Fathers taking the time to teach their sons and daughters how to work on cars is a great thing. What’s not a great thing is when they accidentally pass along bad, or outdated, info.
A perfect example is copper head gasket spray. In the old days, racers and engine builders would try to get overmatched head gaskets to handle extra power by coating them with a copper-based spray. This would fill in surface irregularities in the deck of either the block or cylinder heads and also help dissipate heat from hot spots (often between the side-by-side exhaust ports on small-block Chevys).
But that old trick is now bad info, which should be left in the past. Spraying an aftermarket coating on a quality MLS gasket can actually hurt its performance. For example, JE’s Pro Seal MLS gaskets are all constructed from stainless steel and given a multi-layer surface coating that includes a “primer” to help it stick to the stainless gasket.
Then there’s a high-strength Viton layer to mold to minor surface imperfections on the head or block, and finally a top-layer silicon coating which is especially good at sealing the coolant and oil passages moving from the block to the heads. Modern surface coatings on quality MLS gaskets do a better job than a hand-sprayed copper “paint” ever could, so save your money and leave that stuff on the parts store shelf. All that needs to be done is to properly clean all metal surfaces before the gasket is laid down.
No matter how good the head gasket is, it is still extremely dependent on proper clamping load from the cylinder head fasteners to help it work properly. Achieving a good, uniform clamping load across the gasket is dependent on three factors: fastener hardware, consistent torque on the fasteners, and the pattern used to tighten fasteners.
Typically, the OEM’s use torque-to-yield head bolts to clamp the cylinder heads to the block. Torque-to-yield bolts are one-time use only. So once you pull them off, throw them away. Usually, these bolts can be identified because they will have a flat gray surface coating, but if you aren’t sure, always play it safe and buy new head bolts.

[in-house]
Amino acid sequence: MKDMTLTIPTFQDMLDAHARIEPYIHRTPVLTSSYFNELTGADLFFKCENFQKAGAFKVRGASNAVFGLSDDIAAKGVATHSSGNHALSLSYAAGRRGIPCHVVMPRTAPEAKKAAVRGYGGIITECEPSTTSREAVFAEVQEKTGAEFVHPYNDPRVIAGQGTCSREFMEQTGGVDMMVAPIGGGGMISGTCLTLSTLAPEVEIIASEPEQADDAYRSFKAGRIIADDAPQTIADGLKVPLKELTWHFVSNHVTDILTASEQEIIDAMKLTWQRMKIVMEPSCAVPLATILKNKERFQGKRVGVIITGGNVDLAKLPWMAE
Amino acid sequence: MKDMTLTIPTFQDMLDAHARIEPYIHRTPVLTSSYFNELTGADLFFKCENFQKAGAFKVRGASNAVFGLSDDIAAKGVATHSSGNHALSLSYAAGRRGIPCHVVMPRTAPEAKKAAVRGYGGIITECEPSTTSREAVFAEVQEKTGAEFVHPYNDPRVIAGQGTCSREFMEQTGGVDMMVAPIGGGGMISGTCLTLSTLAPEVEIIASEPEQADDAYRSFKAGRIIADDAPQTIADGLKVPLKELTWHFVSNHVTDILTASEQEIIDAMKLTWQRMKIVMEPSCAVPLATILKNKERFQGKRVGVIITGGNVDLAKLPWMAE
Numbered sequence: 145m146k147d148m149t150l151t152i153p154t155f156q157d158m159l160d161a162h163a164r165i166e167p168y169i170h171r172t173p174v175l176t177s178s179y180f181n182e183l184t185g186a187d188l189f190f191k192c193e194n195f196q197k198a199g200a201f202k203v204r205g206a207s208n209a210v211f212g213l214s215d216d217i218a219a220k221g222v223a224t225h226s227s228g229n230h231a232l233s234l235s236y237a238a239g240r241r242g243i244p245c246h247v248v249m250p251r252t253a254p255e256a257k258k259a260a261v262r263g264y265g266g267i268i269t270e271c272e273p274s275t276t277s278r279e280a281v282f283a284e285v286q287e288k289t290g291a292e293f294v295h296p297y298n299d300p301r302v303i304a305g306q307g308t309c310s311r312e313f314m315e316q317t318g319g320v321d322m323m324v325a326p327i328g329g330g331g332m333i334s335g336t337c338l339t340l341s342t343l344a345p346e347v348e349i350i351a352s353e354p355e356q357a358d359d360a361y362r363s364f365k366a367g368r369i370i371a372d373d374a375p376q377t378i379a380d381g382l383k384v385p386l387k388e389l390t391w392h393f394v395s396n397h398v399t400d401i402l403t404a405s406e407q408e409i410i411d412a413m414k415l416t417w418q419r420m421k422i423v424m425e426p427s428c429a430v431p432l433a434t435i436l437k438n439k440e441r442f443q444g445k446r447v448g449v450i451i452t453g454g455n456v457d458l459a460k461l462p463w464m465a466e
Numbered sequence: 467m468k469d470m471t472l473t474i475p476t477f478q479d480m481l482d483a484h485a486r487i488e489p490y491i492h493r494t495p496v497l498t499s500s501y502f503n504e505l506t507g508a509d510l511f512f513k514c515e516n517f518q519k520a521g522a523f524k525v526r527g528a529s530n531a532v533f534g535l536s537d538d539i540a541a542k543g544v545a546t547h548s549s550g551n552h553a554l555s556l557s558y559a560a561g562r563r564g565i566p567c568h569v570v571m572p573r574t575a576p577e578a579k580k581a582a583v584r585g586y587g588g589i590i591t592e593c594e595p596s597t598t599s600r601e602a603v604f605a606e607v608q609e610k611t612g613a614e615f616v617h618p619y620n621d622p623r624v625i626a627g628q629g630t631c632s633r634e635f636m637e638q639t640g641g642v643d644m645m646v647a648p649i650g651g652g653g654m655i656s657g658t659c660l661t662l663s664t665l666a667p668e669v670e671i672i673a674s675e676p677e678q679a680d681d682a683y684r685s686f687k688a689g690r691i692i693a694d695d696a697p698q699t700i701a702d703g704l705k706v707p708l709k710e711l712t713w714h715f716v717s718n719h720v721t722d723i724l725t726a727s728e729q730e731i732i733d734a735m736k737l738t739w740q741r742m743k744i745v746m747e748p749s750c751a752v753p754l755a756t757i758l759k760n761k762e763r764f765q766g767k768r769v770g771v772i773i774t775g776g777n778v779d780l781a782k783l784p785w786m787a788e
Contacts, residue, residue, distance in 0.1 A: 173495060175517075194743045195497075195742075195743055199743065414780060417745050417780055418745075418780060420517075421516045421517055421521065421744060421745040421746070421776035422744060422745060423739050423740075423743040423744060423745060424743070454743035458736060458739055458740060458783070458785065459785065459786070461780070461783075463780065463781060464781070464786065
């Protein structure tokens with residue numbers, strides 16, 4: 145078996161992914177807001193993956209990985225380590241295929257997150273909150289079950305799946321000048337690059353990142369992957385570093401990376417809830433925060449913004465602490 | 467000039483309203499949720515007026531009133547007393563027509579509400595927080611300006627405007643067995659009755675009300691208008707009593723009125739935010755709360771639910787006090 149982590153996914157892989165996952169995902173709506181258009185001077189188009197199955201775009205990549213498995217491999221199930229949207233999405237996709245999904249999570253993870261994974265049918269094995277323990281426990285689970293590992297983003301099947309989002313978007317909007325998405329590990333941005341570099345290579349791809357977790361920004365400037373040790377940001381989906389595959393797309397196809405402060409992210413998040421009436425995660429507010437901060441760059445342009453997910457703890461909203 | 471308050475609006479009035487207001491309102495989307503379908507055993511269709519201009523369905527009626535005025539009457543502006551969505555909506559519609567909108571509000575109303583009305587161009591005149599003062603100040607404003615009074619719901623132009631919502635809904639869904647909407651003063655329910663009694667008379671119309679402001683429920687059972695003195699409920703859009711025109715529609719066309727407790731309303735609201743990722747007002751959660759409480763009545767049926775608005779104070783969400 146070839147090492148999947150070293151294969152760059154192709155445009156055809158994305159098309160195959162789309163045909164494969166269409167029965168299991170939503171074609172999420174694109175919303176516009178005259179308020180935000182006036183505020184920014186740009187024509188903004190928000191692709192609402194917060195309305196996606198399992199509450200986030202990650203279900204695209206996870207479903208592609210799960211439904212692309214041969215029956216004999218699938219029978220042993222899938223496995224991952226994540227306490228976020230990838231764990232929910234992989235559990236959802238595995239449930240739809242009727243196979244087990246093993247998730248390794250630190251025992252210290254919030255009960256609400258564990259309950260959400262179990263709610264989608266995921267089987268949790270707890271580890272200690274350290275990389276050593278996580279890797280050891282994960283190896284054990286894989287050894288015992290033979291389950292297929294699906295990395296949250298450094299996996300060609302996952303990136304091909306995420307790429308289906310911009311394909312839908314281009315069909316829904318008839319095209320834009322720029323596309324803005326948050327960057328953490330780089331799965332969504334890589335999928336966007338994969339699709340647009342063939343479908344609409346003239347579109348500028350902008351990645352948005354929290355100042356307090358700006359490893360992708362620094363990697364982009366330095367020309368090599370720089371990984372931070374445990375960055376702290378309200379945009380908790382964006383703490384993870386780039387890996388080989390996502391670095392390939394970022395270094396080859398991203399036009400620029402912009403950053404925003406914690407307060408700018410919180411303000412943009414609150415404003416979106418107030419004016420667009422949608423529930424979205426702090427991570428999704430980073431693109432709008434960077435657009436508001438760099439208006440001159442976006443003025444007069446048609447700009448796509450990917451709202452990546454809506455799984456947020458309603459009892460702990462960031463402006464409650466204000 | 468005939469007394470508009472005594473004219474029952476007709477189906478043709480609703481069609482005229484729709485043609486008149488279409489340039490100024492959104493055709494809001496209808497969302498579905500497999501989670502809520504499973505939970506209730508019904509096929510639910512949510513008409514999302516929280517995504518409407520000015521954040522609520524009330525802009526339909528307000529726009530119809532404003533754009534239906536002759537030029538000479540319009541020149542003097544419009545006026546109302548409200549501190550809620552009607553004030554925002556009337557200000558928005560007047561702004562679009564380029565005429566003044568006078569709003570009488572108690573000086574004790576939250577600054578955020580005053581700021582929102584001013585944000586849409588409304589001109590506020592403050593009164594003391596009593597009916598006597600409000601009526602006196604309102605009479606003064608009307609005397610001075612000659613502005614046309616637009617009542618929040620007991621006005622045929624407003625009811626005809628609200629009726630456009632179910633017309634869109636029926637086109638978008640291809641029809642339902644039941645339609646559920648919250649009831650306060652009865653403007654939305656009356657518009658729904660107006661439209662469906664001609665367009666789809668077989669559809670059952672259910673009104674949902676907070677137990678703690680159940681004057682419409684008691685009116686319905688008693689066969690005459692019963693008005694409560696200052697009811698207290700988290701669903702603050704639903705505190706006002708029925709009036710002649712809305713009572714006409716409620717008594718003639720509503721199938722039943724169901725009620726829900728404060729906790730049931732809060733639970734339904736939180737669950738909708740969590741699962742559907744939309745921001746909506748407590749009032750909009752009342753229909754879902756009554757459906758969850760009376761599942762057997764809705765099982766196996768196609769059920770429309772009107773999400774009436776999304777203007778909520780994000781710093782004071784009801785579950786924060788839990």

You can buy replacement torque-to-yield head bolts relatively cheap, but we would advise against it. Instead, invest in a set of quality fasteners made by aftermarket manufacturers such as ARP. Not only are these fasteners less prone to failure, they also allow higher clamping loads and are reusable through multiple engine rebuilds.
When buying new fasteners, you can choose between head bolts and head studs. Most high-performance engine builders use head studs whenever possible because they can provide a more consistent clamping load. This is because the head stud is threaded into the block without any resistance. Then the head is installed and clamped in place with nuts on the head studs. This allows the studs to be placed into almost pure tension rather than torsion.
Head bolts, on the other hand, must be spun into the block as torque is applied. This means the bolts can be twisted as the last bit of torque is applied, making the overall clamping pressure sometimes less consistent than it could be. Head bolts are, however, sometimes necessary because they make it much easier to pull a set of heads while still in the car. Once the bolts are removed the cylinder heads can be lifted straight off. This often isn’t possible with head studs because the heads have to be slid out and up until they clear the studs, and the car’s fenders or other parts can get in the way. So before purchasing new fasteners, plan ahead and determine whether you might be pulling the heads with the engine still in the car.